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Date Created: 11/14/15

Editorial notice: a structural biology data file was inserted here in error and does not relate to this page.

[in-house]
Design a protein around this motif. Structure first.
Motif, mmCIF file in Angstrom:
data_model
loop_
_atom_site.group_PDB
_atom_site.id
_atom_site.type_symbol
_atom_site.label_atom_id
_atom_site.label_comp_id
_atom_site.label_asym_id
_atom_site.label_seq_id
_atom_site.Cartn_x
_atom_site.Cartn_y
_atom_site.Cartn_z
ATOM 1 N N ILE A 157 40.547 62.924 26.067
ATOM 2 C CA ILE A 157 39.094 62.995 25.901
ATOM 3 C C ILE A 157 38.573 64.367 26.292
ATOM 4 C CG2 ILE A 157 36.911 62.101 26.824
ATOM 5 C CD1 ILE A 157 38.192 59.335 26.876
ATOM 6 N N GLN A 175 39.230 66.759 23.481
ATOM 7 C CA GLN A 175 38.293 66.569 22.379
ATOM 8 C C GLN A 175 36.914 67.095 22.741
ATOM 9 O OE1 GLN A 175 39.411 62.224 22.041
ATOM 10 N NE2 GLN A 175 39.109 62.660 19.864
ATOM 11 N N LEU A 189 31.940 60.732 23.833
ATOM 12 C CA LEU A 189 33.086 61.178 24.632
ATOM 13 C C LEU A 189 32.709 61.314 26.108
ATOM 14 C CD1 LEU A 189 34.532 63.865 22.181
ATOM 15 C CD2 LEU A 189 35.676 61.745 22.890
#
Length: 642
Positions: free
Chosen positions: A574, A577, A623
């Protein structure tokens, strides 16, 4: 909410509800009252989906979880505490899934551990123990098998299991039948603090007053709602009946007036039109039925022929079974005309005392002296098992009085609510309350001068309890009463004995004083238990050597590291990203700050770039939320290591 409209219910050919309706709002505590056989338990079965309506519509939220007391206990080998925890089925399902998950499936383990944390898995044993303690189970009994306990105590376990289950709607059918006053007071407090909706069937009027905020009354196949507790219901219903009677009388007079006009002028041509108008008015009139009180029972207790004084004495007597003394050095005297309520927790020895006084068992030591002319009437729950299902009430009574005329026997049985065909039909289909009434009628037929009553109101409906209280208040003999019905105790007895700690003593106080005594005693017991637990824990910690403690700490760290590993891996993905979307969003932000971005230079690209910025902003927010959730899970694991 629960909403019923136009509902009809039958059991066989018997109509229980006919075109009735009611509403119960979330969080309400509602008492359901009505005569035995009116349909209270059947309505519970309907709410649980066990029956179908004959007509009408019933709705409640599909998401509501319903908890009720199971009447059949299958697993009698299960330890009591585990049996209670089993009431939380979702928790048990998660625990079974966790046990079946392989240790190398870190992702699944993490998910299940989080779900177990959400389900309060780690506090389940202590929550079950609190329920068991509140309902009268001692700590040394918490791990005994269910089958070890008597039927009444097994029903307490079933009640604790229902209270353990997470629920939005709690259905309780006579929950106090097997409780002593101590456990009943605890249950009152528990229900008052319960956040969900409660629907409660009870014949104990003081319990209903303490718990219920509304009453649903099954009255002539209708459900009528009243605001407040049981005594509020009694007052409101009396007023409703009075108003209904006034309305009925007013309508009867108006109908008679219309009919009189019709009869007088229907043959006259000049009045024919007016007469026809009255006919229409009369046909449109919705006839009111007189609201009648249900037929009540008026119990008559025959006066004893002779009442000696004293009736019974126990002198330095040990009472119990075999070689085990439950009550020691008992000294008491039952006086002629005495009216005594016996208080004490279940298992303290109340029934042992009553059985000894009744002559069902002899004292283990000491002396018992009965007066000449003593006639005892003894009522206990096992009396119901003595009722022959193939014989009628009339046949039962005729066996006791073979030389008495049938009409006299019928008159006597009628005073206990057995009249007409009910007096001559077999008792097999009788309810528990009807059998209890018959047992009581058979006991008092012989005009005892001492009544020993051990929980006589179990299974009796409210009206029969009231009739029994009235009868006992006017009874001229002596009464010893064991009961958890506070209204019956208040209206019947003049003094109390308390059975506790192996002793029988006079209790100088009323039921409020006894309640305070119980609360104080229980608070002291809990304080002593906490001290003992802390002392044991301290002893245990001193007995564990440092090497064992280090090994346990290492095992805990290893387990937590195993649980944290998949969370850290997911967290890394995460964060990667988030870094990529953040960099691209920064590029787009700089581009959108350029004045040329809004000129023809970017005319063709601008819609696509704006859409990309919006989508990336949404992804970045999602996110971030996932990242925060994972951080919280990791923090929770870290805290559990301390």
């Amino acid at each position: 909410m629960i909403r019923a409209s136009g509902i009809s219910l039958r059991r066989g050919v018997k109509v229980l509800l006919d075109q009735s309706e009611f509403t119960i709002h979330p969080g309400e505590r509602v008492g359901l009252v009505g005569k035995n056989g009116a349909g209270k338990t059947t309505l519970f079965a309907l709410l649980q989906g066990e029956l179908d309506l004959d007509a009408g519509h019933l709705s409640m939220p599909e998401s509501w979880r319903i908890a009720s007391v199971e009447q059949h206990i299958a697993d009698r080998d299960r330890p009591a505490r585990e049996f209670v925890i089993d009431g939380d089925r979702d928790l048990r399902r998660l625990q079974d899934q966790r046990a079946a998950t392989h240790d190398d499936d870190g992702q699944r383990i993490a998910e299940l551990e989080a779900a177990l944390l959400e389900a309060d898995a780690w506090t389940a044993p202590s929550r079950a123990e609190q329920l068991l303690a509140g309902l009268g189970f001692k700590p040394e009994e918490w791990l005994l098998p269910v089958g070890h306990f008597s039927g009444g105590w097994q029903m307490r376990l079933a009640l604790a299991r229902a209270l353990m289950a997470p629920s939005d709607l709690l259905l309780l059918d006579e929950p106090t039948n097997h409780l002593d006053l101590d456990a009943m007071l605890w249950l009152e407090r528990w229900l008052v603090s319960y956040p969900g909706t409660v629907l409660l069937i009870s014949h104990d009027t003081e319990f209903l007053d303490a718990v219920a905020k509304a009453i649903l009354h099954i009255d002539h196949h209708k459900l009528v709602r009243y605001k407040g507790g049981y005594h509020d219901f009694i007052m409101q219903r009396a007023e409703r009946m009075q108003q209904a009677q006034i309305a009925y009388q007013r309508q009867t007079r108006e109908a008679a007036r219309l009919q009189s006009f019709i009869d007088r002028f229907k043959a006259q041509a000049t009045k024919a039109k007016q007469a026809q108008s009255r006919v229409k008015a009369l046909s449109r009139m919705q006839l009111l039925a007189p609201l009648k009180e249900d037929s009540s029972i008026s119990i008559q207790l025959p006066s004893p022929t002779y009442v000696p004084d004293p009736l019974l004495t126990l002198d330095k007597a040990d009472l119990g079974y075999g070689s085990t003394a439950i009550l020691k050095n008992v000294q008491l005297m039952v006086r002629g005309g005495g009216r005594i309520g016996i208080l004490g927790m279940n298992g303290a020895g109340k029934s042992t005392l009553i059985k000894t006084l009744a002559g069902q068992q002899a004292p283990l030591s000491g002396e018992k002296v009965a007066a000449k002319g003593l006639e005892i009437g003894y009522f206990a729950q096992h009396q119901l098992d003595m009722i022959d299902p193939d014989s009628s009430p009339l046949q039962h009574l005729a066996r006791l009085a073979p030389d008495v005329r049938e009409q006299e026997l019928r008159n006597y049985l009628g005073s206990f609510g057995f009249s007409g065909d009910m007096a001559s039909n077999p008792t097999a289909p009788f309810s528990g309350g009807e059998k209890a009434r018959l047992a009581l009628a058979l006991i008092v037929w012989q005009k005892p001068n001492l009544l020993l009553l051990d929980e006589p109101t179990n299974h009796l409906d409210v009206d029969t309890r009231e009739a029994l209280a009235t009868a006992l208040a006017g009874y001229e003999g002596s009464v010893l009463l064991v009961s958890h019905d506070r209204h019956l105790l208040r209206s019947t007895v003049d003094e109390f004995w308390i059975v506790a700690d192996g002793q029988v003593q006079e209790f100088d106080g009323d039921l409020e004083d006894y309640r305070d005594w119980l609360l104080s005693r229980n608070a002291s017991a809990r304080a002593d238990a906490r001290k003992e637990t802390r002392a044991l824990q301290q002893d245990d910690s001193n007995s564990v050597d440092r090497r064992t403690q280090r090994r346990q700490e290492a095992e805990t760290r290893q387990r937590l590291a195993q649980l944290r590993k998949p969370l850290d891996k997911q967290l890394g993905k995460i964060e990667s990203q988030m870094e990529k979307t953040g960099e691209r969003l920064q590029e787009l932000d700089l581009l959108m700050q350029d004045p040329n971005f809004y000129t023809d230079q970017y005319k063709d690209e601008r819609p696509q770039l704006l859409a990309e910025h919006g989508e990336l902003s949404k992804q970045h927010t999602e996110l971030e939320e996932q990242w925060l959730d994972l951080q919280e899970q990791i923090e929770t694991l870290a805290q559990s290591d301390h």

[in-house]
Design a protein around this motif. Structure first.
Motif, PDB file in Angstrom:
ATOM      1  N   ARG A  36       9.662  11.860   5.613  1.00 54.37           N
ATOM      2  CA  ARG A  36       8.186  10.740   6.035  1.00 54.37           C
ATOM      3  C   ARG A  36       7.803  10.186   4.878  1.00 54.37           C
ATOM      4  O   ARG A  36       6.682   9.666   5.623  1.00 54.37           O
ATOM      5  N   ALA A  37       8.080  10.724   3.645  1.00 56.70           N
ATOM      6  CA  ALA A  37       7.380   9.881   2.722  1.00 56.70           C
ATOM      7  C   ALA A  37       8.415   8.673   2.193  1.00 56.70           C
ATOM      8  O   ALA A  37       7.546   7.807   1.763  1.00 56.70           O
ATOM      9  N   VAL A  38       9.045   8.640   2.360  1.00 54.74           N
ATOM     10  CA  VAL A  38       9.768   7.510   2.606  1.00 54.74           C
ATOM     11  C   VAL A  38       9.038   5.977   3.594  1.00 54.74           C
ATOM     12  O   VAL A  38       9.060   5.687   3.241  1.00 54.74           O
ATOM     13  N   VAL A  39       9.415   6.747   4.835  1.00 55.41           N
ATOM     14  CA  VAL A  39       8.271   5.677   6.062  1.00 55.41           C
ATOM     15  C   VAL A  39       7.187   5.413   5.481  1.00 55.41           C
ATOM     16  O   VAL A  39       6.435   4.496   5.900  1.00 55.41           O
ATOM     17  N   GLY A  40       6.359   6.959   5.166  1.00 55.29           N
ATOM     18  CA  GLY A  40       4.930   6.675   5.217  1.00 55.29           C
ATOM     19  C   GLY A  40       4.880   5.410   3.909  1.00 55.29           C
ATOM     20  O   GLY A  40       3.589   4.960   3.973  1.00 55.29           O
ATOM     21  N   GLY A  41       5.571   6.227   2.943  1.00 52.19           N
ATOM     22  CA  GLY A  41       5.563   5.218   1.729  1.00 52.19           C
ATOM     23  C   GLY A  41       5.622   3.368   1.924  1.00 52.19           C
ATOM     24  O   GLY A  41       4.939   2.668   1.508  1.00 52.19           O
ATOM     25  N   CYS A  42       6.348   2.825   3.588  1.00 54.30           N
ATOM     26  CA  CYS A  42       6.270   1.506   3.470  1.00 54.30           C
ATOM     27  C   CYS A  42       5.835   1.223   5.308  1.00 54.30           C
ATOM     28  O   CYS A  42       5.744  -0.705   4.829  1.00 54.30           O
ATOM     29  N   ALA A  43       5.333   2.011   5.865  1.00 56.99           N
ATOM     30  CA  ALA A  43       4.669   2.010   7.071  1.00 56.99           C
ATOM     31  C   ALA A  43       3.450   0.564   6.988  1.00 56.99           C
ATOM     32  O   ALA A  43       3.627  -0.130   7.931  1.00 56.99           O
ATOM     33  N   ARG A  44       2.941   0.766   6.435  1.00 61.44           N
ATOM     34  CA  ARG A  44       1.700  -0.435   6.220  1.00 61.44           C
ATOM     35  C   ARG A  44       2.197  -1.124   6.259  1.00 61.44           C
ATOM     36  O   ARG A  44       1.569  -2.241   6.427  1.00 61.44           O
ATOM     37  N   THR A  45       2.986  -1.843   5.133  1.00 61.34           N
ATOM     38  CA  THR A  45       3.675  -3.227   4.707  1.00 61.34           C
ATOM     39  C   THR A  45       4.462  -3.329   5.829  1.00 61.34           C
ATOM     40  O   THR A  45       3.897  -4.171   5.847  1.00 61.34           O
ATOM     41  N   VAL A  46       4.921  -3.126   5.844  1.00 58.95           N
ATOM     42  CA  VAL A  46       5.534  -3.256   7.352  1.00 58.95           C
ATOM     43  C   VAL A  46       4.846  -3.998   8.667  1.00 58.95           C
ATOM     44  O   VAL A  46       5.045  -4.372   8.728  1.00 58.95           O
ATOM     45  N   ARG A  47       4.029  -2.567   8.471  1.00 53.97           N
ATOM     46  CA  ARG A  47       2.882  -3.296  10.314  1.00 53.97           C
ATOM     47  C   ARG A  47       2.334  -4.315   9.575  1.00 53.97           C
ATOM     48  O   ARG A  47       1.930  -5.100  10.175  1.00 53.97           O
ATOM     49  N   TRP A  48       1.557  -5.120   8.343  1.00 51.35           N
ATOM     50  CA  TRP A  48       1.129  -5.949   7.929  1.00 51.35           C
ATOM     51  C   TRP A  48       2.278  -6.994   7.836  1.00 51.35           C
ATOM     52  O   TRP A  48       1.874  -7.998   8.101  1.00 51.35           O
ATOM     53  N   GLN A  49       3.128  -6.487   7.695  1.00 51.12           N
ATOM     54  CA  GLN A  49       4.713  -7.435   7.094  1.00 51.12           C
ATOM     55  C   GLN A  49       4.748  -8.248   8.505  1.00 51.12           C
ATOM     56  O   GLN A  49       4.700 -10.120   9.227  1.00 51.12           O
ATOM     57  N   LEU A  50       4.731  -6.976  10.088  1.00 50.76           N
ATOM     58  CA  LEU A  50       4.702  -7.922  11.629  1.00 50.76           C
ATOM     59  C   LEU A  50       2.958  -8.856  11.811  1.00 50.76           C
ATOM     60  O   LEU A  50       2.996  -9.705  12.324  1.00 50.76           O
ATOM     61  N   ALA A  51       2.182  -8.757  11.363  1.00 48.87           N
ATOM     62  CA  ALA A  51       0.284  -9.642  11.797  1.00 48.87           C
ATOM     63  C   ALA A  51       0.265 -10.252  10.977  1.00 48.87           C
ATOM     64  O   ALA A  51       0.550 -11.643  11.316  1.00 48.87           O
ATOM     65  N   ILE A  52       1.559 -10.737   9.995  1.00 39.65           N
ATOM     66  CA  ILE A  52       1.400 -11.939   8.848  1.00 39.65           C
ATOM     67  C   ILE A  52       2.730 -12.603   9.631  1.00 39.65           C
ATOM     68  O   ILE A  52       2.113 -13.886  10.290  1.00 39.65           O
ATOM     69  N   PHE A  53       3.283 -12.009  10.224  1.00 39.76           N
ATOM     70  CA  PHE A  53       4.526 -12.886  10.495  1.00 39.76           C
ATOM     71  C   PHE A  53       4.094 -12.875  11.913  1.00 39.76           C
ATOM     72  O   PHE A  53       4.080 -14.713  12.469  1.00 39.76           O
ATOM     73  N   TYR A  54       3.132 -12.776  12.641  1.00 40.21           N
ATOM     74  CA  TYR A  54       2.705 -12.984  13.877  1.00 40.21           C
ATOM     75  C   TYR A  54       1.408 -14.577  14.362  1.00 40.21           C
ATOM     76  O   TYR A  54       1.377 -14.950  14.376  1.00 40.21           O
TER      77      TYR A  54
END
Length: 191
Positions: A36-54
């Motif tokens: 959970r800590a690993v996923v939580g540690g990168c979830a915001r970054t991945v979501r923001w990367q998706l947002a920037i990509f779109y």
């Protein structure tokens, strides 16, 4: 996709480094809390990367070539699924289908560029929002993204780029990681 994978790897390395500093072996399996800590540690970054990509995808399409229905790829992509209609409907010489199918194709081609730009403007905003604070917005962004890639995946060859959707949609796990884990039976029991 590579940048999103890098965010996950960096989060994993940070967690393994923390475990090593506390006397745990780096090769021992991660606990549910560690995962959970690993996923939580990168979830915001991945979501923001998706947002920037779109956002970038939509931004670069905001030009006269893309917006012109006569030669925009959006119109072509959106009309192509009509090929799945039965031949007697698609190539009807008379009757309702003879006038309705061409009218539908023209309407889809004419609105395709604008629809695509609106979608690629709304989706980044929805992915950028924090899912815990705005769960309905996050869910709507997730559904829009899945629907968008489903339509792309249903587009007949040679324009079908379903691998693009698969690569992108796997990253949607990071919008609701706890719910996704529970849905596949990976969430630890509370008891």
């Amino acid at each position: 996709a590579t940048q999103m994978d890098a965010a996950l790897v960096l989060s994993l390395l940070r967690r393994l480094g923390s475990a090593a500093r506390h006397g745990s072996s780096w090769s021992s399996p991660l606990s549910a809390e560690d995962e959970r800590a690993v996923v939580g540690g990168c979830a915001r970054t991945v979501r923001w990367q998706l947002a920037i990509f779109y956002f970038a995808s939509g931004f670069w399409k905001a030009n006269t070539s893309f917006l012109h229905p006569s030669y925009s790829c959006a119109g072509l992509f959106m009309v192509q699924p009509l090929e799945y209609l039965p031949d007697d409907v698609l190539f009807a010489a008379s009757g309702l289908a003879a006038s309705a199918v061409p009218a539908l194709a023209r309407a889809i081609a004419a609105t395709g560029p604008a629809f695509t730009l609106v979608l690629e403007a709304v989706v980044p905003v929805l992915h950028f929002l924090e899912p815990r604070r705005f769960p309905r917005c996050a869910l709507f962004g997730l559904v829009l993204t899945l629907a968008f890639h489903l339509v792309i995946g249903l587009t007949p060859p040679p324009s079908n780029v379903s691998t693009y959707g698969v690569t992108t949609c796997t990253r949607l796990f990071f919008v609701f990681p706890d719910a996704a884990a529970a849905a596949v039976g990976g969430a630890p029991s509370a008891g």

Running Header: Unit 2 the Cold War 1 Unit 2: Cold War Eugene Hammond Kaplan University SS310: Exploring the 1960s: An Interdisciplinary Approach Running Header: Unit 2 the Cold War 2 Being from a small town in England (Swindon, Wiltshire), living on US. Military Bases and serving in the US. Navy from 1977 1992, there was constant exposure to the Cold War. The nation during this time constantly on alert for the day the world was to engage in World War 3. The American public was introduced to the Doomsday Clock (Global warming: how skepticism, November 1995) in 1947 that is still being used today. This clock was a symbol to show the world how close we are to worldwide destruction; it currently stands at 5 minutes to midnight. During the cold war it read at 2 minutes to midnight, and then in 1991 it was moved to 17 minutes to midnight due to the cold war ending. The people interviewed for the effects of the cold war are friends and family that experienced this point in history through their personal memories and experiences. Some of the thing remember from this time were the nuclear drills performed during school, children were instructed to lie down over their eyes and do not look at the flash. Schools were designated as fallout shelter and the government kept food and water supplies in the basement. The media glamourized the cold war with shows like Get Smart, The Man from U.N.C.L.E and of course James Bond, but as usual reality was far from the Hollywood version. Like in 1978 on the Waterloo Bridge in London England when Georgi Markov (Holdsworth & Mendick, 2013) was murdered by spies from the Bulgarian secret service with an umbrella that fire a ricin loaded pellet. The first person I interviewed was a friend from West Germany (Hawkins, 2013) who recalled the fall of the berlin wall and the joy and frustrations felt when the wall came down. She was able to see relatives from decade of separation and families reunited. She also recalls the frustration that developed with the people of West Germany, because of the Running Header: Unit 2 the Cold War 3 influx of people from East Germany that created a reduction in the housing and job market for the West Germans, she does on to state that within a few year these markets did recover. The next interviewees are family members that recalled events such as the Naval Blockade during the Cuban Missile Crisis, military exercises and the fall of the Soviet Union (Hammond S, 2013). The other family member recalls the training exercises that were conducted as put of standard military training; he also remembers the S.A.L.T treaty and S.A.L.T. II ("Treaty between the," 2001), and the assignments in Germany were they performed a lot of NATO exercises due to the Cold War, other areas like Korea were also considered a Cold War post. As I conducted these interviews with family and friends, I came to a conclusion that for the people of this generation is came down to fear. It did not matter what country you were from, the fear of the two biggest countries (US and USSR) trying or threatening to destroy each other and the rest of the world would make the world unstable. Talking to my interviewees the other thing that seemed constant was the facts that they really knew very little about the Cold War. They also seemed to consider the life style held during this time was acceptable for the older generations but not for the young one, during this period our nation faced many fronts, from the battlefield in South East Asia to the demonstration in the US. Like Kent State (Faber, 1994) and many other Campuses through the United States that witnessed violent demonstrations, that left students dead, injured and buildings burned. They called it the Cold due to there being no front lines battles that you would have in a wet war between the East and West, but it seems that we lost a lot lives for era. Running Header: Unit 2 the Cold War 4 Date: June 15, 2013 Interviewee: Pia Hawkins, Age: 40, female Country or origin: Rüsselsheim, West Germany Relation: Friend 1. What words or phrases come to mind when you think of the term Cold War? Liberation: my family and their friend from East Germany were reunited after decades of separation and the other word that was used frequently was freedom 2. Did you ever study the Cold War in school? If so, what are some aspects of the Cold War that you remember? Not really since we were living in everyday, there was always talk of our relative in the East, and praying for the day we could be reunited. We did discuss current events and when I was in college 3. Who were the parties involved in the Cold War? The USSR, Hungary, Poland, and Czechoslovakia and the Baltic states Running Header: Unit 2 the Cold War 5 4. Can you name any key events that we mainly associate with the Cold War? 5. The fall of the Berlin Wall, KGB, CIA, Military Intelligence. 6. How far is your Home town of Rüsselsheim, West Germany from Berlin About 600 miles 7. What one point that sticks out in your mind about the Cold War and what you experienced? I feel the West could have banned together better to put more pressure on the Eastern Government to lift the restrictions. 8. When did you come to the USA? In 1994 after I got married, to my husband that was in the US. Army. 9. How did the cold war affect you? In a negative way at first, because I could see the sadness in my grandmother who still had family in the East and she was not able to see them in over 20 years. But when they tore that wall down and I saw firsthand the joy it brought to it brought to her when she was reunited with her brothers and sisters Running Header: Unit 2 the Cold War 6 Date: June 15, 2013 Interviewee: Sylvia Hammond, Age: 62, female Country or origin: Swindon, England Relation: Mother 1What words or phrases come to mind when you think of the term Cold War? Fallout shelter left over from WWII, we had one in the back yard that held three families. My mum had enough food, water and supplies in there for a week? 2. Did you ever study the Cold War in school? If so, what are some aspects of the Cold War that you remember? Yes, but it was titled communism, we also heard about spies and MI6 (English Equal to US. CIA ) 3. Who were the parties involved in the Cold War? Russia and Eastern Europe Running Header: Unit 2 the Cold War 7 4. Can you name any key events that we mainly associate with the Cold War? The Draft, Vietnam war, the Hippies, communes and Flower children> 5. What one point that sticks out in your mind about the Cold War and what you experienced? I feel the feel the Vietnam War should have ended sooner and our POW’s should have been returned after the war. 6. When did you come to the USA? In 1963 and 1975 after I got married, to my husband that was in the US. Air Force. 7. How did the cold war affect you? My children and I had to go without a father and husband for several years and the American people did not appreciated the service he gave, and when he returned people still called him racial slurs, I felt he was totally disrespected during this time. Running Header: Unit 2 the Cold War 8 June 15, 2013 Interviewee: Paul Hammond, Age: 52, male Country or origin: Swindon, England Relation: Brother 1. What words or phrases come to mind when you think of the term Cold War? Check point Charlie in Germany, where we swapped prisoners. And maneuvers by the wall in Berlin. 2. Did you ever study the Cold War in school? If so, what are some aspects of the Cold War that you remember? I really cannot remember I know we did drills at school. 3. Who were the parties involved in the Cold War? The USSR, Poland and Eastern Europe 4. Can you name any key events that we mainly associate with the Cold War? The massive body counts on TV, falling of the Berlin Wall and peace symbols. 5. When did you come to the USA? 1975, we moved to Columbus Ohio and my dad retired in June, 1976 6. How did the cold war affect you? My father changed when he returned home, he was more callused and withdrawn, he went nights without sleep and had flash backs at time Running Header: Unit 2 the Cold War 9 References: Faber, D. (1994). The age of great dreams America in the 1960s. (1st ed., p. 159). New York, New York: Hill and Wang. DOI: www.fsgbooks.com Global warming: how skepticism became denial. (Vol. 67). Educational Foundation for Nuclear Science, Inc. Retrieved from http://bos.sagepub.com/ Hammond, P. (2013, June 15). Interview by EM Hammond. Effects of the cold war. Hammond, S. (2013, June 15). Interview by EM Hammond. Effects of the cold war. Hawkins, P. (2013, June 15). Interview by EM Hammond. Effects of the cold war. Holdsworth, N., & Mendick, R. (2013, March 23). Prime suspect in Georgi Markova 'umbrella poison' murder tracked down to Austria. Telegraph. Retrieved from http://www.telegraph.co.uk/news/uknews/crime/9949856/PrimesuspectinGeorgi MarkovumbrellapoisonmurdertrackeddowntoAustria.html State Department, United Nations. (2001). Treaty between the United States of America and the union of soviet socialist republics on the limitation of strategic offensive arms (Article 102 of the Charter of the United Nations). Retrieved from website: www.state.gov